Last May, the UC Santa Barbara Blum Center on Poverty, Inequality, and Democracy debuted its first-ever, student-led podcast “Power to the People,” featuring discussions surrounding inequality, activism and democracy. 

The Blum Center is a 10-campus network program spanning the entire University of California system. The center focuses on fostering education on poverty and inequity, with initiatives including workshops, movie screenings and other community projects. 

The podcast team consists of four Blum student assistants: fourth-year biopsychology major Warsan Ali, musicology doctoral candidate Cloe Gentile Reyes, fourth-year environmental studies major Lizzy Mau and fifth-year doctoral candidate in mechanical engineering Simone Stewart, along with former student assistant and UCSB alumna Yara Khamis, who worked on the project during its planning year. 

The series contains four episodes, with four rotating co-hosts centering their discussions on the topic of younger generations as agents for social and political change. Each episode is roughly 30 minutes, with hosts prefacing the topics before introducing the guests. The episodes, which were all released on May 12, use sound bites throughout the series for context, including offering audio clips of historical events or quotes.

“We contextualize different current issues such as the fight against climate change and movements on college campuses with historical precedents, so today’s youth have a better framework to understand the roots of particular activist causes,” Stewart said in a statement to the Nexus. 

Episode one is the only segment without any guest experts, as hosts Ali and Stewart instead introduce the show by covering the issues that are especially important to young people, including climate change and health care.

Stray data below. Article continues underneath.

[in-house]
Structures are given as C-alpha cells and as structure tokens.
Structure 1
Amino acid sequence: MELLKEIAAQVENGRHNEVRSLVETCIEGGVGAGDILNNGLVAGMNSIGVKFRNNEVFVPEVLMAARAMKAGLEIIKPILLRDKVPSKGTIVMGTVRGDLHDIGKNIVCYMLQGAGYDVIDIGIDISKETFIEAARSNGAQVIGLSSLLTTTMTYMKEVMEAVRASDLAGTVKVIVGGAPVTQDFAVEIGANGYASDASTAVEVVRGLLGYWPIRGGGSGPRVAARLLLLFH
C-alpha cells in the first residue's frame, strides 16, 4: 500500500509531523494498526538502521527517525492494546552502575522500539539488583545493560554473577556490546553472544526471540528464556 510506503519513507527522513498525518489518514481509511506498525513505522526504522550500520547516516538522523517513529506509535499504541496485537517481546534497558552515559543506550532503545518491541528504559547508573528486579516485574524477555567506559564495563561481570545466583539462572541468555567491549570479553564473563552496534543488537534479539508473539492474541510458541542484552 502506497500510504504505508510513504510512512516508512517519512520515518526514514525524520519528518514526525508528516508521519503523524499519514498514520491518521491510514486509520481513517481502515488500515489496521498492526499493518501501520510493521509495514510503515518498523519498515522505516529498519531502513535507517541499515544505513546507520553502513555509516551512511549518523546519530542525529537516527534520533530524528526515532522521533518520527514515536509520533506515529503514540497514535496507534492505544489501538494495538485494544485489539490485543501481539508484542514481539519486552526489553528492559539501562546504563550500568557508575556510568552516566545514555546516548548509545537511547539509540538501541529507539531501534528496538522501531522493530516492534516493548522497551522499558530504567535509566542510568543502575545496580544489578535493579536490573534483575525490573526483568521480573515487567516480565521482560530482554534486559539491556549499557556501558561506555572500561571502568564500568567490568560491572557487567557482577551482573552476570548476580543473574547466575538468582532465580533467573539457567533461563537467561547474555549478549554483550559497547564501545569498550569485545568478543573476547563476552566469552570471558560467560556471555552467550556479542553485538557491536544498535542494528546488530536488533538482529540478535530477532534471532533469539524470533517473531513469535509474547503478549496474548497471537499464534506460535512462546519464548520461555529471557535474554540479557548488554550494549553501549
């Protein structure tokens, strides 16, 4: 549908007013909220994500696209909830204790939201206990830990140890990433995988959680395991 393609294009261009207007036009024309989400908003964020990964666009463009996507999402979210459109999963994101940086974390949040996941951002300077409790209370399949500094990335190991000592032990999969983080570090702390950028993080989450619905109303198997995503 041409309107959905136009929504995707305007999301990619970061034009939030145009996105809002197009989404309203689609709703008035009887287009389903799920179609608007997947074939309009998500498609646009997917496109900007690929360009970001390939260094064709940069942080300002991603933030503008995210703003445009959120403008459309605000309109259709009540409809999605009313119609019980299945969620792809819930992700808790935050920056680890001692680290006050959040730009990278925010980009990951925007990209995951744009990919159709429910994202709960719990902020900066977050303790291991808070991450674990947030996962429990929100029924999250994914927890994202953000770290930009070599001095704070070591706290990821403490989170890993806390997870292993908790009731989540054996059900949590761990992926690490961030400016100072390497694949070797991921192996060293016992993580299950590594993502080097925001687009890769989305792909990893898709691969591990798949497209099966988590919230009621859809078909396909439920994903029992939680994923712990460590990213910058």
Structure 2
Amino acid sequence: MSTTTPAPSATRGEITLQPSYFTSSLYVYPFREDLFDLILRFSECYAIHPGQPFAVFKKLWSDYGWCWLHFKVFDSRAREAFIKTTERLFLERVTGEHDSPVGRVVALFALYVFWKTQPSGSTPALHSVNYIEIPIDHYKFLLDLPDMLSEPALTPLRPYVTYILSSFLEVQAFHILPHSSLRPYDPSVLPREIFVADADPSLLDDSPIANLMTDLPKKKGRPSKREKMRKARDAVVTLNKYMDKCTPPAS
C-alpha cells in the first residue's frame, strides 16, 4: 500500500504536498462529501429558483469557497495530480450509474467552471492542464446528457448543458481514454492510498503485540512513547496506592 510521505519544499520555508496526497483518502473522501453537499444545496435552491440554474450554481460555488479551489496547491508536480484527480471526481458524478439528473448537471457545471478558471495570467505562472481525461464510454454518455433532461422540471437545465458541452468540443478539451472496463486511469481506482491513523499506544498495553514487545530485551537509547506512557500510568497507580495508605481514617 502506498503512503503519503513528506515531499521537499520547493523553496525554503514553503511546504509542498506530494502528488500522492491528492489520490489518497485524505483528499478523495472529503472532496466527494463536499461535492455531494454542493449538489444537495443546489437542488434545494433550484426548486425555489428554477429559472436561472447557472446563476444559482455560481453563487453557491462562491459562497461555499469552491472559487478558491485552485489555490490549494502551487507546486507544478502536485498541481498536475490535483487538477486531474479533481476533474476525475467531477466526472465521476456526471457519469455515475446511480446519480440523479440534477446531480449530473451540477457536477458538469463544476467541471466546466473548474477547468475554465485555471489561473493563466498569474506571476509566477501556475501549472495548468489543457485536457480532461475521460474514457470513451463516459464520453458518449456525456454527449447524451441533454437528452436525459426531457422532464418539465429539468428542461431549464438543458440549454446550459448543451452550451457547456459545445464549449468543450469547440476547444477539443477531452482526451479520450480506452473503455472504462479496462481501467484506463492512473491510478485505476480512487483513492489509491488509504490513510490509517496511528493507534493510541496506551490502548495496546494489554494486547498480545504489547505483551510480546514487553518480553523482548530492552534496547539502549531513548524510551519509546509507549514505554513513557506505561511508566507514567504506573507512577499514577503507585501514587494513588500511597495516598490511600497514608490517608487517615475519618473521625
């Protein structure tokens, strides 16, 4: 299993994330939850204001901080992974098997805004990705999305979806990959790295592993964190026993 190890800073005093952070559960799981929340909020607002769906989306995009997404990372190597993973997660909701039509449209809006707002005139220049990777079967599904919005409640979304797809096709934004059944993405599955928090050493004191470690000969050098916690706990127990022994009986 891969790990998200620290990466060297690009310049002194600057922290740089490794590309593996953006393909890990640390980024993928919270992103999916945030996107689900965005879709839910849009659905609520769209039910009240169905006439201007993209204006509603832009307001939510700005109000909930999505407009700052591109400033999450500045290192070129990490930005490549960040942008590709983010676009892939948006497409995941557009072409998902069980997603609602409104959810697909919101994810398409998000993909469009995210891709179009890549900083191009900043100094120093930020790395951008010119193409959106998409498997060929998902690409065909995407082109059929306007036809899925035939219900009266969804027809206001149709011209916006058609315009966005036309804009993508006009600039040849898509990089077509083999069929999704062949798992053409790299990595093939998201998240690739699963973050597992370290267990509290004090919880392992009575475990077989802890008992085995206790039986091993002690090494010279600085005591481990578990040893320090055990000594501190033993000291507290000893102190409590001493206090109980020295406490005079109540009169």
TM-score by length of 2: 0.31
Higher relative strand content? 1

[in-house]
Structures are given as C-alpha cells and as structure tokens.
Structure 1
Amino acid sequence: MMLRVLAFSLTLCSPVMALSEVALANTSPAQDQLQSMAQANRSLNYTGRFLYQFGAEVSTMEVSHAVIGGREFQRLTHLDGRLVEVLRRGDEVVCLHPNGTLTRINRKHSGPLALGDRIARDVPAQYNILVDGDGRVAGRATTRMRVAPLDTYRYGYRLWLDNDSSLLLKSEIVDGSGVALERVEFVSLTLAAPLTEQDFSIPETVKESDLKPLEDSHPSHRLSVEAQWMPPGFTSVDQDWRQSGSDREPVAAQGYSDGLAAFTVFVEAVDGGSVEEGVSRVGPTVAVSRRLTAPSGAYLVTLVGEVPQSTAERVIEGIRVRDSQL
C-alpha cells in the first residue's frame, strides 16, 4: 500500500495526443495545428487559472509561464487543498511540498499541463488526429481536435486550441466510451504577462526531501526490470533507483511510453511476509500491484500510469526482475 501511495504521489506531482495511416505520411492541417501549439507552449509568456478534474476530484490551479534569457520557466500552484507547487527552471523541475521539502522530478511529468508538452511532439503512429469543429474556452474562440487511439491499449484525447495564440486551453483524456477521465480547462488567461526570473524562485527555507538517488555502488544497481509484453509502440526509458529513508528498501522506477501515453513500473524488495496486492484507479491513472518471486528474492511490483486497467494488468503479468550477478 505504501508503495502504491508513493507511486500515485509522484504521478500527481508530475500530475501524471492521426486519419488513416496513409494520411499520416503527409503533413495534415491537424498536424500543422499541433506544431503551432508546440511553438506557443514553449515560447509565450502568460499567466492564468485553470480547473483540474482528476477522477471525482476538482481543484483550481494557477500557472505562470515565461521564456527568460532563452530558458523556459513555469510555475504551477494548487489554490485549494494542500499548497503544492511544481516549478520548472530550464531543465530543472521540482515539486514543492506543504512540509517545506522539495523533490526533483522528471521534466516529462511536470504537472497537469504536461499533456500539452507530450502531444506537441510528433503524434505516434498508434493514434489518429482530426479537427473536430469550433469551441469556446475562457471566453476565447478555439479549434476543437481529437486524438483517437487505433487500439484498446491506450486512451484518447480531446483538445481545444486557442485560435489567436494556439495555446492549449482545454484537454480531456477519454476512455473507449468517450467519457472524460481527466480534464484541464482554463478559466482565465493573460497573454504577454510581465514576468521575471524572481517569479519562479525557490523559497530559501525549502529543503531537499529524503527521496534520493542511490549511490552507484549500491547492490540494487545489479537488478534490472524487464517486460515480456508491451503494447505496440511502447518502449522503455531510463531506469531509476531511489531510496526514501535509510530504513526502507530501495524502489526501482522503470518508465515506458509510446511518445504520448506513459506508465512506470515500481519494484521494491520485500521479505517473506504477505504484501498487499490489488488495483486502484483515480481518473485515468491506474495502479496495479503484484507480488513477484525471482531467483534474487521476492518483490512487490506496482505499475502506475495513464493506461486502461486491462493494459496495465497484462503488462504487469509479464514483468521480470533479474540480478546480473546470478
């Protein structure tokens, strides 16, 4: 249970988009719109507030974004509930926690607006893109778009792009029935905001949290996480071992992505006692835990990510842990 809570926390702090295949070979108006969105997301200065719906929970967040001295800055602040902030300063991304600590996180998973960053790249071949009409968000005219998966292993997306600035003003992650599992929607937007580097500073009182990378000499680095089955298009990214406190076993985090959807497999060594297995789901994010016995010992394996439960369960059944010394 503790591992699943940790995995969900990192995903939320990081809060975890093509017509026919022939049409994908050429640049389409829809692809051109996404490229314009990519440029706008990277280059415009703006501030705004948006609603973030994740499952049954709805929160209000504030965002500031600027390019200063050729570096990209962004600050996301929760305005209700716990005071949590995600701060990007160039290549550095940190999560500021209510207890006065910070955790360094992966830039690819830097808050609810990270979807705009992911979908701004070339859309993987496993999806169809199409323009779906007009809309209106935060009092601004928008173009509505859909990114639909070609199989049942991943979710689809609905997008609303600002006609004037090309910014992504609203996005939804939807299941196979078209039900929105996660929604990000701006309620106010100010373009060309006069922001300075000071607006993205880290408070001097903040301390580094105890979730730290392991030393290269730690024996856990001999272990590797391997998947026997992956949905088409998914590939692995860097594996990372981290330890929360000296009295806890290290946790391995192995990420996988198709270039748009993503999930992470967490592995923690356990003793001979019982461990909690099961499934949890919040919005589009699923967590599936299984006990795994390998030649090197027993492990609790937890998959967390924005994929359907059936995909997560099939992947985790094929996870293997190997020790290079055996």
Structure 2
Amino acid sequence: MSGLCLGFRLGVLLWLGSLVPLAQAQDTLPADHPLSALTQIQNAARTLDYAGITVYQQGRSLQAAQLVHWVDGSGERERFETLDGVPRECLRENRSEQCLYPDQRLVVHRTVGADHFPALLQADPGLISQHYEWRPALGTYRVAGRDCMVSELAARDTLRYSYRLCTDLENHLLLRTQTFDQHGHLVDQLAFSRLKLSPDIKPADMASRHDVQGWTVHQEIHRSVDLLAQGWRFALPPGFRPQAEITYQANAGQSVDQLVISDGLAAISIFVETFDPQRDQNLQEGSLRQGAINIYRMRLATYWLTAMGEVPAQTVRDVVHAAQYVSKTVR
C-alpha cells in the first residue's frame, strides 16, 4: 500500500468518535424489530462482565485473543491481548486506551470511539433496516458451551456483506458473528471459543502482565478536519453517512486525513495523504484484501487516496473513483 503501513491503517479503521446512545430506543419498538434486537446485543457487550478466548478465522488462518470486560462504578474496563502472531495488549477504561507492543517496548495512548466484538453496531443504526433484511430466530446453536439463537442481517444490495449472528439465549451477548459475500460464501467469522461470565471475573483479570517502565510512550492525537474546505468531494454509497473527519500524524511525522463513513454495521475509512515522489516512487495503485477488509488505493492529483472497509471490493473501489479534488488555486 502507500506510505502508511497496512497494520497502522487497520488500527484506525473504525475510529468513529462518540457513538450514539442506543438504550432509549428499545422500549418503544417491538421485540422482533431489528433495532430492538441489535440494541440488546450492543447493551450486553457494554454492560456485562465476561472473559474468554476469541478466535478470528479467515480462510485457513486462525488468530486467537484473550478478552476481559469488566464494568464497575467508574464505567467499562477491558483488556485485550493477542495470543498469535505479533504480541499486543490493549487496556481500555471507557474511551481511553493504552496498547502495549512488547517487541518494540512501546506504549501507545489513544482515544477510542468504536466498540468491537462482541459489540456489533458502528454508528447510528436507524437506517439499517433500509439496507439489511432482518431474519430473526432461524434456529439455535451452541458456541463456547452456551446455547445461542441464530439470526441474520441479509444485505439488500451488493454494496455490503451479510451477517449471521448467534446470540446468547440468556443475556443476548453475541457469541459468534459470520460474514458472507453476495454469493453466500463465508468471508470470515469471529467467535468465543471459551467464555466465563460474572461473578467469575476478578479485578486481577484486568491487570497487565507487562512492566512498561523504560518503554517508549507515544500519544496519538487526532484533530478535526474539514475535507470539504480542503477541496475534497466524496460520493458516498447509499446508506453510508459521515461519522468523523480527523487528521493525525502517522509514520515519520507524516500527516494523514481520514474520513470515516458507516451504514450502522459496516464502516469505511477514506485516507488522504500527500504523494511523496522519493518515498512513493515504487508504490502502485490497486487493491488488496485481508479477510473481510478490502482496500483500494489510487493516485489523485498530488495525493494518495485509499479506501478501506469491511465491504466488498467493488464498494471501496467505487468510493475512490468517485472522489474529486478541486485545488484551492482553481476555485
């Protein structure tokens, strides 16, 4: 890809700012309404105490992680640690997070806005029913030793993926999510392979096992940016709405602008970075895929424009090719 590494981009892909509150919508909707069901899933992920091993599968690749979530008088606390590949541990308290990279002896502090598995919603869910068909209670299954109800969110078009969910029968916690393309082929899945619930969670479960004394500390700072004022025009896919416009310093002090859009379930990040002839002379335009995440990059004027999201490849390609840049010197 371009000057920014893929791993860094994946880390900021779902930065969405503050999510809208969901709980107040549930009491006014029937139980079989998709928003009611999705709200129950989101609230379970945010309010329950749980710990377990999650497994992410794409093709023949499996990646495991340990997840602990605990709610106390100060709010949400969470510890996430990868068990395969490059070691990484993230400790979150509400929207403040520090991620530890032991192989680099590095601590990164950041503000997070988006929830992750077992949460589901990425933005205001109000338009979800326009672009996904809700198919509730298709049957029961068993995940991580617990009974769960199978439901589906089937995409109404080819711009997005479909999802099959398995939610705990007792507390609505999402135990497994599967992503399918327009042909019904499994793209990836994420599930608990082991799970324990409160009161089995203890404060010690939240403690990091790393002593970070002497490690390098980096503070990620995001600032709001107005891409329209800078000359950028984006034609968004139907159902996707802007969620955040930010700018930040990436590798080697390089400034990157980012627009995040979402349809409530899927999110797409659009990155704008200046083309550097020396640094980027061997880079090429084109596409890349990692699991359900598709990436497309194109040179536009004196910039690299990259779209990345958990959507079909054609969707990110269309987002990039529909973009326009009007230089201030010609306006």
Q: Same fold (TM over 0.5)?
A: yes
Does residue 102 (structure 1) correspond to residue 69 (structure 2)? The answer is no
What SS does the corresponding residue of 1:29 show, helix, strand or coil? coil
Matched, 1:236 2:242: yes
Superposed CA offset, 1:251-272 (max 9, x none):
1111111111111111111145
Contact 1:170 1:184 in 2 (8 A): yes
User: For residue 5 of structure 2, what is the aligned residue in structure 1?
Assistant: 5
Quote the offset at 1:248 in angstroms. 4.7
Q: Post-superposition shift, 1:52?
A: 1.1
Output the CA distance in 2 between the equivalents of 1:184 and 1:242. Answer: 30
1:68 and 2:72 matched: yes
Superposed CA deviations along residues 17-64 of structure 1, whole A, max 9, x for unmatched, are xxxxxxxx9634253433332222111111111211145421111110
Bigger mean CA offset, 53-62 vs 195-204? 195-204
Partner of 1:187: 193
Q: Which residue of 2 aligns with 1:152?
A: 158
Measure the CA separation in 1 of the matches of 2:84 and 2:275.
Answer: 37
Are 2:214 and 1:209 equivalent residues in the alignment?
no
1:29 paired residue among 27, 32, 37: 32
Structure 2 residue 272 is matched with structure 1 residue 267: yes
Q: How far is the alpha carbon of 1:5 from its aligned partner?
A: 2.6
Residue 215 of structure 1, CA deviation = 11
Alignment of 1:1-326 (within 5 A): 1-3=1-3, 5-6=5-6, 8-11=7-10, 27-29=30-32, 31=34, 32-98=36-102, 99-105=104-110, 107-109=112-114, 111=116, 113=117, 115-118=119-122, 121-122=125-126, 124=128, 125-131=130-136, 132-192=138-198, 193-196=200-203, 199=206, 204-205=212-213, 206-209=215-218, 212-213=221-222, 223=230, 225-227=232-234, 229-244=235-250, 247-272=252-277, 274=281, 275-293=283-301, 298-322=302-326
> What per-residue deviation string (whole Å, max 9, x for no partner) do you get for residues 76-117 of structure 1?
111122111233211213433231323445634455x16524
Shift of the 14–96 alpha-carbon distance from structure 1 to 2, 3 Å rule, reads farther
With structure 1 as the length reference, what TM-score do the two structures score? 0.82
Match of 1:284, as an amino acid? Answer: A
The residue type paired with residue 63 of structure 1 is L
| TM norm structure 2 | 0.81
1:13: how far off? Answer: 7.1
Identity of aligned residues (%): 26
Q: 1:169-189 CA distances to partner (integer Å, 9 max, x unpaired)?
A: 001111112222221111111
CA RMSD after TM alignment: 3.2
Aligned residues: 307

The second episode investigates how historical events including the 9/11 attacks, the election of Barack Obama and the COVID-19 pandemic have influenced the beliefs of millennials and Gen Zers. The third episode is split into two segments, with the first detailing campus movements of the 1960s and ’70s and the second focusing on student activism within the UC system. The fourth and final episode highlights the struggles burdening youth activists of color, like being unable to enjoy the simplicity of childhood in order to advocate for issues affecting their lives. 

The host team welcomed multiple guest experts on student mobilization, activism led by people of color and civic engagement, including professors from Humboldt State University, the University of Iowa and UCSB. Hosts were also joined by various young activists like Yulia Gilichinskaya, a founding organizer of the UC Santa Cruz wildcat strike, and Makeen Zachery, founder of the blog and social media platform “Blk Girl Culture.” 

The podcast was conceptualized in 2019, with the following year spent devising episodes, conducting research and organizing in preparation of its release. Ultimately, the team wanted each recording to be a resource for the community and spent months finding the balance between personal storytelling and relaying historical or political facts.